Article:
Essential points

  • Zero-hours contracts are defined as contracts by which an employee is obliged to be available for a certain number of hours per week, or as and when required by the employer.
  • The Organisation of Working Time Act 1997 provides a mechanism for an employee who works a variable number of hours per week over a period of at least a year to seek certainty about the number of hours he or she will be permitted to work in the future.
  • The Terms of Employment (Information) Act 1994 as amended provides that an employee who has six months service and who is not still in probation can request “a form of employment with more predictable and secure working conditions”.

CIPD member content

This content is only available for CIPD members

Please note

​While every care has been taken in compiling this content, the CIPD cannot be held responsible for any errors or omissions. These notes are not intended to be a substitute for specific legal advice.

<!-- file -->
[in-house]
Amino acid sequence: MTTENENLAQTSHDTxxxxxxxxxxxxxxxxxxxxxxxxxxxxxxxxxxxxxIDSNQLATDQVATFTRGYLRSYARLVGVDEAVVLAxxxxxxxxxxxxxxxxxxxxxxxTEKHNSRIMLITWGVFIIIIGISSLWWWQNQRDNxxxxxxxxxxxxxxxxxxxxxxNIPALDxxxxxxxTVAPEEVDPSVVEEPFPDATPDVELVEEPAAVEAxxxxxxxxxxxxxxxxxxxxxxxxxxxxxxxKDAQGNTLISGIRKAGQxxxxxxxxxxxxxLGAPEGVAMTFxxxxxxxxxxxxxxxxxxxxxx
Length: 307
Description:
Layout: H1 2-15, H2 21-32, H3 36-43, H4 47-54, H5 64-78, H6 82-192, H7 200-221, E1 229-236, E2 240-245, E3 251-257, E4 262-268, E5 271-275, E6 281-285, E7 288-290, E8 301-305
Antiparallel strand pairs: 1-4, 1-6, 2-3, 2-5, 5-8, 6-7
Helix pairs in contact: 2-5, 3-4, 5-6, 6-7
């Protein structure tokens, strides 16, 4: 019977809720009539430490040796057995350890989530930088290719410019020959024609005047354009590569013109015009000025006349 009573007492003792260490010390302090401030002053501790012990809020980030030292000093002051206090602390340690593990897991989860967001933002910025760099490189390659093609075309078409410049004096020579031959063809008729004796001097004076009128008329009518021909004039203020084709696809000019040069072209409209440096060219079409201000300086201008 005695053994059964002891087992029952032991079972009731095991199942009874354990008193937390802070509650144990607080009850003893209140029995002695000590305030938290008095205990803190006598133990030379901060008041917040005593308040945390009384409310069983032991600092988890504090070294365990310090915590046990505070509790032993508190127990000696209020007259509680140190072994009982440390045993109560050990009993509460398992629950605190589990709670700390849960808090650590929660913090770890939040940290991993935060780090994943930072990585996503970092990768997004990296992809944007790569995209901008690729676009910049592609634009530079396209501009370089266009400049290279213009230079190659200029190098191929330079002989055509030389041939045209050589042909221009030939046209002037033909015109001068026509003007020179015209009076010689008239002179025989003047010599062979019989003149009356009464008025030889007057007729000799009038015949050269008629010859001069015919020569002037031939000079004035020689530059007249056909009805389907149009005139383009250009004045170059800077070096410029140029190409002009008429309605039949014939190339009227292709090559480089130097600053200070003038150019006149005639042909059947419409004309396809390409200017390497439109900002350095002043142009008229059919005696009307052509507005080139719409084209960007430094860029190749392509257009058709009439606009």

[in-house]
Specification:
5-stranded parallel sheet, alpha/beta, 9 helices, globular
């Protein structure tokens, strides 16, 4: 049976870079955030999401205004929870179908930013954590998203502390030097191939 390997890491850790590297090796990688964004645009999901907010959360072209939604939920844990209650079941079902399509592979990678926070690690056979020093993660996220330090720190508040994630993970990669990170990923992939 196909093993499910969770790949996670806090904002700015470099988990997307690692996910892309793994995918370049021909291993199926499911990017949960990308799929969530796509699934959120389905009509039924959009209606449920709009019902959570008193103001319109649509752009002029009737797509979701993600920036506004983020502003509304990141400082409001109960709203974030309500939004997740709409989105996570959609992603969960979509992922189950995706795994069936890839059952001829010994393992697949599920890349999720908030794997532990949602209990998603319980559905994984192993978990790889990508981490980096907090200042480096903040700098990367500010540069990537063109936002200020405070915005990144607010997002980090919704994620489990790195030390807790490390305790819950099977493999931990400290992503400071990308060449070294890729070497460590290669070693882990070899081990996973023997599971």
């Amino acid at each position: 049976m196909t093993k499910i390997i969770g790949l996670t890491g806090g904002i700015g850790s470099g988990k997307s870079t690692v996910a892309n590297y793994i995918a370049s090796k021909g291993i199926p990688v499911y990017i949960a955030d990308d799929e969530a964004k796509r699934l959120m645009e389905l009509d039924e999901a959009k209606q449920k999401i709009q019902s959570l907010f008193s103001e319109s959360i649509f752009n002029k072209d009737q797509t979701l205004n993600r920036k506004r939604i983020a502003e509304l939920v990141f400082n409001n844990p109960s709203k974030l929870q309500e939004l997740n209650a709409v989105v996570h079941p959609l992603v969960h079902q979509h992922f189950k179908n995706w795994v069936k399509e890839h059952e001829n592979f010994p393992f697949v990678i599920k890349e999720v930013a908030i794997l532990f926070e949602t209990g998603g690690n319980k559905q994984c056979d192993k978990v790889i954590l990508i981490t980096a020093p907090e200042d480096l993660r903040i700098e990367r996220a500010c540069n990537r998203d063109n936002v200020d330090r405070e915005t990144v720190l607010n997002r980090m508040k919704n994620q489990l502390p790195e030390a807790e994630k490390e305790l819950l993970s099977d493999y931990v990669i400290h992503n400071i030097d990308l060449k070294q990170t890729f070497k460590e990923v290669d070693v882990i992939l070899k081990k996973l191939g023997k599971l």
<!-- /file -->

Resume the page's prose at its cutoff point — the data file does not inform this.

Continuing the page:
law advice

Want more employment law advice? Members can take out a discounted subscription to HR-inform for additional resources.

Callout Image

More on this topic

Employment law
Employee contracts, statements of terms of employment and handbooks: Ireland employment law

Information on the reasons for having a written contract of employment and the law governing terms and conditions of employment

For Members
Employment law
Retirement: Ireland employment law

Information on the law relating to retirement ages

For Members

More employment law resources

Employment law
Work Life Balance: Ireland employment law

Information on the law relating to remote working, medical care leave, domestic abuse, work life balance and the right to disconnect

For Members
Employment law
Transparent and predictable working conditions: Ireland employment law

Information on the European Union (Transparent and Predictable Working Conditions) Regulations 2022 implemented 16 December 2022.

Employment law
Ireland employment law developments

A summary of the key legal developments facing employers in Ireland in 2024